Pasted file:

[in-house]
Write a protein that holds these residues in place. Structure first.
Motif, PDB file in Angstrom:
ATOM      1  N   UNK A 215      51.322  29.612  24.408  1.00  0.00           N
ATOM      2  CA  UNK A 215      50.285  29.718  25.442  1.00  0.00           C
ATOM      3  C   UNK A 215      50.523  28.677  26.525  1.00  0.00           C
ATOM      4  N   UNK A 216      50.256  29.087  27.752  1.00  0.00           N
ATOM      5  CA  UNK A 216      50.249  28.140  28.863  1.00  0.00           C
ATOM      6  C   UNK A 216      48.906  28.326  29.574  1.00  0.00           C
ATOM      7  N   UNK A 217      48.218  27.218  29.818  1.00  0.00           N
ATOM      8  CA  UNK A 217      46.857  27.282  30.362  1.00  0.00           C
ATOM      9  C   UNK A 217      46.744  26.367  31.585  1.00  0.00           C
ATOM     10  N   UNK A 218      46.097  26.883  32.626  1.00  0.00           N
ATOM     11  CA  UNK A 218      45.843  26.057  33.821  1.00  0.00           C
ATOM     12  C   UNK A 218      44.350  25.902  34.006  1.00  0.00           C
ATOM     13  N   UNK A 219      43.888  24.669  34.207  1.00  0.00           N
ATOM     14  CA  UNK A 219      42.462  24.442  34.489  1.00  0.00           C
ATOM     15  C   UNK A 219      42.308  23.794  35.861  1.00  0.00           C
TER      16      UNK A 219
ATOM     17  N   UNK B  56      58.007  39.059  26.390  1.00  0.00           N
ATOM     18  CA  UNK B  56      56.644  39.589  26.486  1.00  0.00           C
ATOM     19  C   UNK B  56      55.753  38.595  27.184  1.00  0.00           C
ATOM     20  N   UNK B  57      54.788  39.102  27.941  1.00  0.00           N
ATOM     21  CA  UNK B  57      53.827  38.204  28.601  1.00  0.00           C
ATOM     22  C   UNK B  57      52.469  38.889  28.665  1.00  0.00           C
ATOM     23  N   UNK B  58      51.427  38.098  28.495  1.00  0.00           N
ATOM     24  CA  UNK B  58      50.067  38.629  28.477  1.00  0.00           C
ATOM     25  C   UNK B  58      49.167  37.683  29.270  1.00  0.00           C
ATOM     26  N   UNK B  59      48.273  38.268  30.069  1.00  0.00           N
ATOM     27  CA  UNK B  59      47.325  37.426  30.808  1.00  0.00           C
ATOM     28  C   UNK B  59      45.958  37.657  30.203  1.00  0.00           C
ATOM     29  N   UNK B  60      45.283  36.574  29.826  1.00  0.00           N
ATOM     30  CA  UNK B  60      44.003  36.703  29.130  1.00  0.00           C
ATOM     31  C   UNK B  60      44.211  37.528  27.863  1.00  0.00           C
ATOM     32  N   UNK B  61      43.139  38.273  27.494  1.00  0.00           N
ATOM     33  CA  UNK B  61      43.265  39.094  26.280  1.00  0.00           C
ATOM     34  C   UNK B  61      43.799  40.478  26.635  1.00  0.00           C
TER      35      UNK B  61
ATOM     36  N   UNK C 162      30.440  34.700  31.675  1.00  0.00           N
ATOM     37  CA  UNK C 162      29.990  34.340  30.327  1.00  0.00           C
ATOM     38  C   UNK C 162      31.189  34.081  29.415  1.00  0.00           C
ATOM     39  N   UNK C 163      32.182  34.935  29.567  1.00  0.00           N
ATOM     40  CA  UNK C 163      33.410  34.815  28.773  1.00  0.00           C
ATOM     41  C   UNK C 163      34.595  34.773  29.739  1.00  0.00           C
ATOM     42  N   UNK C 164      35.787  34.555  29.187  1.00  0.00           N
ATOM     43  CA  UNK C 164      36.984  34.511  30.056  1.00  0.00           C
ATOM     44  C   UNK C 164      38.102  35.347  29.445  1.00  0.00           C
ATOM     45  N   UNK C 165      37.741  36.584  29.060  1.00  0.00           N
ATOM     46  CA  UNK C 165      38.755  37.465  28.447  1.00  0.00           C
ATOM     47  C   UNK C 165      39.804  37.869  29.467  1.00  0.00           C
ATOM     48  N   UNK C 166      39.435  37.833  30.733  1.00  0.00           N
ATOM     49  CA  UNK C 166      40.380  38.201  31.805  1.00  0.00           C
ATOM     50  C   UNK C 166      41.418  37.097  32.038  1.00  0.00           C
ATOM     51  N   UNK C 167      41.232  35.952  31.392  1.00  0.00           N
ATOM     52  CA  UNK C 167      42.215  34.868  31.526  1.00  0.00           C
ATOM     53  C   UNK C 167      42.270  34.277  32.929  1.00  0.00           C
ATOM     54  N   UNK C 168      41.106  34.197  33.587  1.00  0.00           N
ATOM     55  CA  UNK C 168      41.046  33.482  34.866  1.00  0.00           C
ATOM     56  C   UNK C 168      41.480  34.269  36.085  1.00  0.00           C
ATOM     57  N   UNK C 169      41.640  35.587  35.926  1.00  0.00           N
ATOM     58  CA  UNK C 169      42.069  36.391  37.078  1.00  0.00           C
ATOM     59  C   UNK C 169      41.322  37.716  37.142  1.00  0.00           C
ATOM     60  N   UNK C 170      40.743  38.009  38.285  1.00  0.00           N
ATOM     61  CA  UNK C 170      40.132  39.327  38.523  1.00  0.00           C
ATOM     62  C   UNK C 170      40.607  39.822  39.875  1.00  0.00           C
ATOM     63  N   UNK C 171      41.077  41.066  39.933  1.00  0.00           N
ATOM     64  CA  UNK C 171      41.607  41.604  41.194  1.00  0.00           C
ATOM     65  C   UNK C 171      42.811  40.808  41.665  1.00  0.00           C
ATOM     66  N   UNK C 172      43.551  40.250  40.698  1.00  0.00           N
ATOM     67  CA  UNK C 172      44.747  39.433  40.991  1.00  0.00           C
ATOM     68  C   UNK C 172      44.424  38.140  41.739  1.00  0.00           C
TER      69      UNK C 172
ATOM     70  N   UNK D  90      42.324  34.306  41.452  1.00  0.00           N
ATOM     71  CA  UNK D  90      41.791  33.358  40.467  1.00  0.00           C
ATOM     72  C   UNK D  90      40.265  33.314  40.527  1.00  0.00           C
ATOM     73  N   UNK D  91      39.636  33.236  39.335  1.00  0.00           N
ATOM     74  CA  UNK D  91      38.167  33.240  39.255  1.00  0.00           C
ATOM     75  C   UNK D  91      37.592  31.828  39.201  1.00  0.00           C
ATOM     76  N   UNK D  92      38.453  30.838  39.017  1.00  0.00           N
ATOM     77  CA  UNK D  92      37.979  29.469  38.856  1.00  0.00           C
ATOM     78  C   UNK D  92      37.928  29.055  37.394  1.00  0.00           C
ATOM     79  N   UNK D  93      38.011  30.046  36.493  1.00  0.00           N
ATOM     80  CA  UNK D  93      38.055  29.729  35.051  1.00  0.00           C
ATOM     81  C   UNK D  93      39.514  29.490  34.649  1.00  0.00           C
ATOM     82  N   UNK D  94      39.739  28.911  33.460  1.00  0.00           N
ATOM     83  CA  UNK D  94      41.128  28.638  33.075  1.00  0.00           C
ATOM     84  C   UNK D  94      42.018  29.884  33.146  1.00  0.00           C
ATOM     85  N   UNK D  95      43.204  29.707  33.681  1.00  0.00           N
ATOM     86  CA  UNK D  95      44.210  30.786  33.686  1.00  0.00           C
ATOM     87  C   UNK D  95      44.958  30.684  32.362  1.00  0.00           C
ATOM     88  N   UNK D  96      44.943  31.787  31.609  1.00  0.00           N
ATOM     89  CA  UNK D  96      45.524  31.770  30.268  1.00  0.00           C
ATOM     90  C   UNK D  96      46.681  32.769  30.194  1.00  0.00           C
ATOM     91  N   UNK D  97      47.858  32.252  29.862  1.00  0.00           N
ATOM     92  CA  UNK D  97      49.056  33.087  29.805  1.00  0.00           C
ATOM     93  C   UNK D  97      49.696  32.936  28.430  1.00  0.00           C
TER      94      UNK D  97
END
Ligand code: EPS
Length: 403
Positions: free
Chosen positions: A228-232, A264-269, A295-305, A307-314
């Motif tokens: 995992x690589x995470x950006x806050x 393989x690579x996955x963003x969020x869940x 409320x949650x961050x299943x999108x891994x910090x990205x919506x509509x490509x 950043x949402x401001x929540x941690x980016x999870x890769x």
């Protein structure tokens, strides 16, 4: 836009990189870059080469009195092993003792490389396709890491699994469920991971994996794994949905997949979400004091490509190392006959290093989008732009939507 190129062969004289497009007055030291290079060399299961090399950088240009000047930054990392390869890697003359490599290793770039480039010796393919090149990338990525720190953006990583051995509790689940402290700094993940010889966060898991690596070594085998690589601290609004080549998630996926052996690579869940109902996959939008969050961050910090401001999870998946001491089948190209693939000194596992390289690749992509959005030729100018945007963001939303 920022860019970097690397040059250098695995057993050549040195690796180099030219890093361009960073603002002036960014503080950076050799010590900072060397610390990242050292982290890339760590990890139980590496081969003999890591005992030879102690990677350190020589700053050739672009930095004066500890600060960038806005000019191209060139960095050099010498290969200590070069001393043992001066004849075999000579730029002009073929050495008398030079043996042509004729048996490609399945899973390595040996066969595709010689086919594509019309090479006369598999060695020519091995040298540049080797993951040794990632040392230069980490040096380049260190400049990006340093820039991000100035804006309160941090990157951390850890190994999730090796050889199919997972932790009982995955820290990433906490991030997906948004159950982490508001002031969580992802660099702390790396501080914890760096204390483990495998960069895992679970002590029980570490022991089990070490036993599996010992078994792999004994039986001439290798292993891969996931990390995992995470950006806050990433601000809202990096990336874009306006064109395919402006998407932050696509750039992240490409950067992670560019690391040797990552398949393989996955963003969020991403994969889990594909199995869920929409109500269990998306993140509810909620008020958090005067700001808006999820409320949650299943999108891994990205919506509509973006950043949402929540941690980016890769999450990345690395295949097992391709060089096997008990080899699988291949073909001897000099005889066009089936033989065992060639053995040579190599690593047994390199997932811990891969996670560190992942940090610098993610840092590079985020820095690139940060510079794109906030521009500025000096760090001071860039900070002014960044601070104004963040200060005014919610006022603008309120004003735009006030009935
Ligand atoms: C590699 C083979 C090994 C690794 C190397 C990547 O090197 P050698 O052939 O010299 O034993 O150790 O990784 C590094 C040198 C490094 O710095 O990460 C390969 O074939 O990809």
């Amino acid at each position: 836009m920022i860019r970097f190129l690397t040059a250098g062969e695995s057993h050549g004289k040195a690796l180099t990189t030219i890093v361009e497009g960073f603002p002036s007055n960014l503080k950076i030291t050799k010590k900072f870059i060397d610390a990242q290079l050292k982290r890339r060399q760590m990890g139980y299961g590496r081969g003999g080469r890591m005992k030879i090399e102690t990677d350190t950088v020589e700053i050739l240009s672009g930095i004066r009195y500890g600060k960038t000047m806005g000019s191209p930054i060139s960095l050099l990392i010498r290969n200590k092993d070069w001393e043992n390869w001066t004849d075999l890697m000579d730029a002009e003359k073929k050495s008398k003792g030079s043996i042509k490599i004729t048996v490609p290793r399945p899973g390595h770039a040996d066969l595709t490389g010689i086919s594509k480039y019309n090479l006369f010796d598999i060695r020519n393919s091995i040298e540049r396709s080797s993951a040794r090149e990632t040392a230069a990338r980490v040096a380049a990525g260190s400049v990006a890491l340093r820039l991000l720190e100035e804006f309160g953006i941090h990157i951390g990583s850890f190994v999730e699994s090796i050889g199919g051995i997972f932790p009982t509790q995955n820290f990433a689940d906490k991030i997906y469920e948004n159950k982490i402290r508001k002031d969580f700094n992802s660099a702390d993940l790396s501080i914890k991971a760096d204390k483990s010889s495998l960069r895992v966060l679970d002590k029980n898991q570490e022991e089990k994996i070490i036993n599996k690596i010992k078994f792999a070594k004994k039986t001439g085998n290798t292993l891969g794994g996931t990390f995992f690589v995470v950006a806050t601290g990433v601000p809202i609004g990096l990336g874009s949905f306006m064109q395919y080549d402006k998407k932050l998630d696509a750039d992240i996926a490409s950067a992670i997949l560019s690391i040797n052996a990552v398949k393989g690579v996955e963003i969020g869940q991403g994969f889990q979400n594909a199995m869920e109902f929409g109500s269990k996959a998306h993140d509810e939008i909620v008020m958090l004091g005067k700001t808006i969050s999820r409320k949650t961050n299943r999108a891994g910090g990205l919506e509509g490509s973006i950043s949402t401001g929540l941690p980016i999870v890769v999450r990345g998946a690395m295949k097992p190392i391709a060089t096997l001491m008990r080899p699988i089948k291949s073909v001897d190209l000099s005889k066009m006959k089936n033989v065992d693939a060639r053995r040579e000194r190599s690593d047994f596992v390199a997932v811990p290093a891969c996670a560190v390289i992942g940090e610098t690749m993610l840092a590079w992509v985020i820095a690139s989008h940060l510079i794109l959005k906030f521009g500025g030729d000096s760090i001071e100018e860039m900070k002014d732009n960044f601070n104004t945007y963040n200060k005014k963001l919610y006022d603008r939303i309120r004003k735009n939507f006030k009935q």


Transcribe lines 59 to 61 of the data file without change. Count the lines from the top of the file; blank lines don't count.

ATOM     56  C   UNK C 168      41.480  34.269  36.085  1.00  0.00           C
ATOM     57  N   UNK C 169      41.640  35.587  35.926  1.00  0.00           N
ATOM     58  CA  UNK C 169      42.069  36.391  37.078  1.00  0.00           C